Johnnie Walker is familiar and popular: it’s not new or different. Second, it is relatively affordable. The two primary drivers of status are not available to Johnnie Walker. One challenge was: how do you stay ahead of the chasing pack and the fast changing consumer environment? Another: how do provide more status when you are not new and you are not expensive? As digital becomes mainstream in China, the backbone of PR technique: storytelling becomes more and more important in this era. Johnnie Walker decided to take a new approach in launching its brand campaign. Rather than ‘educating’ consumers what the brand idea ‘Keep Walking’ is about, it decided to ask consumers a question instead: what would you say to keep your generation walking?
This was not an advertising campaign, it was a cultural debate, facilitated by Johnnie Walker, inspired by Johnnie Walker but owned by our audience.The campaign structure was built around the over-arching principle of SuperSocial/SuperBowl. From this simple start-point sprang a cultural phenomenon spanning a web event, online debate with over 100 bloggers involved, the creation of modern China’s most compelling documentary films, most popular and respected offline media full reports and thousands of unique content pieces created.
It galvanized millions from the much derided ‘Rubber’ generation, showing them at their best, and gave the Johnnie Walker brand a distinct role in not only whisky culture but in the culture of a new emerging China. It got the brand US$40 million worth of ‘earned media’ making Johnnie Walker the most talked about brand in the digital space.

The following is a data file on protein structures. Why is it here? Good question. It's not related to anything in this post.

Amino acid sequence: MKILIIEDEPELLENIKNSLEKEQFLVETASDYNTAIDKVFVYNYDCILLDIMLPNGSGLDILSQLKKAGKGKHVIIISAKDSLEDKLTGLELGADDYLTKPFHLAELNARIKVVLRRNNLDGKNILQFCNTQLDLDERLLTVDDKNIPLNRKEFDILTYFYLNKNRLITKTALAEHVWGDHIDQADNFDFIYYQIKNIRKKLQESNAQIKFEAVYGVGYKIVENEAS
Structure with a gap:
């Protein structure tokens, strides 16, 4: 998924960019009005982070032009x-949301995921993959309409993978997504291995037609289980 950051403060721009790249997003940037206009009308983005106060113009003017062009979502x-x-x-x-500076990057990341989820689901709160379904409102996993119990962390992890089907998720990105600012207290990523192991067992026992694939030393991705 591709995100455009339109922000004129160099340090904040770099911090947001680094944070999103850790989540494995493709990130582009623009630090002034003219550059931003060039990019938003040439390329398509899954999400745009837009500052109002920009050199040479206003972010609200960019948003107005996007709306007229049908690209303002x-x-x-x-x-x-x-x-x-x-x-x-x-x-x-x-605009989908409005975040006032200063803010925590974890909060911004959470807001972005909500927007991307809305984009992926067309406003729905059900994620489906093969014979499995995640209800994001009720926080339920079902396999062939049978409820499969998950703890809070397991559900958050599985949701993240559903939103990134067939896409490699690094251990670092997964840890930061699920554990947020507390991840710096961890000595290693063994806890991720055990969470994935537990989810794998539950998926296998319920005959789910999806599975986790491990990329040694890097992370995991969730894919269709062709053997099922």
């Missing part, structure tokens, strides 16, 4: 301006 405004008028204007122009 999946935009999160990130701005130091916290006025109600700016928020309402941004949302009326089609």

Australians have always believed their four biggest banks, Commonwealth, ANZ, Westpac and NAB work together fixing fees and eliminating competition. The reality for one of the four however is the opposite. NAB had invested two years making dramatic changes to be considered fairer and more competitive by its customers but these changes had limited impact because of the perceived collusion between the ‘Big 4’. Instead of fighting this perception of the banks being ‘together’, it embraced it by letting the public witness NAB break up with the other banks.
The idea: Getting people to openly witness NAB breaking up with the other major banks. It literally reversed the power of the competition against itself to underscore the difference between NAB and its competitors in a precisely orchestrated campaign the made full use of all communication channels in a timely and impactful way. The idea needed to engage over three very deliberate phases: seed / impact / extend working as both advertising and communicating through channels peopled readily believed, the news.
During ‘Break Up’, 180,000 new-to-bank customers joined NAB while customer defections reduced by 27 per cent, delivering a 61 per cent net growth. Over the last 12 months this delivered a 205 per cent ROI based on acquired and retained customers. All of NAB’s brand perception scores increased considerably, more than doubling its reputation for being ‘different’ and its ‘fairness’ reputation gap grew four fold over the competition. The Break Up cemented NAB in the public consciousness, but beyond the campaign itself, its real legacy has been to create a platform that’s delivering a financial performance well above market growth.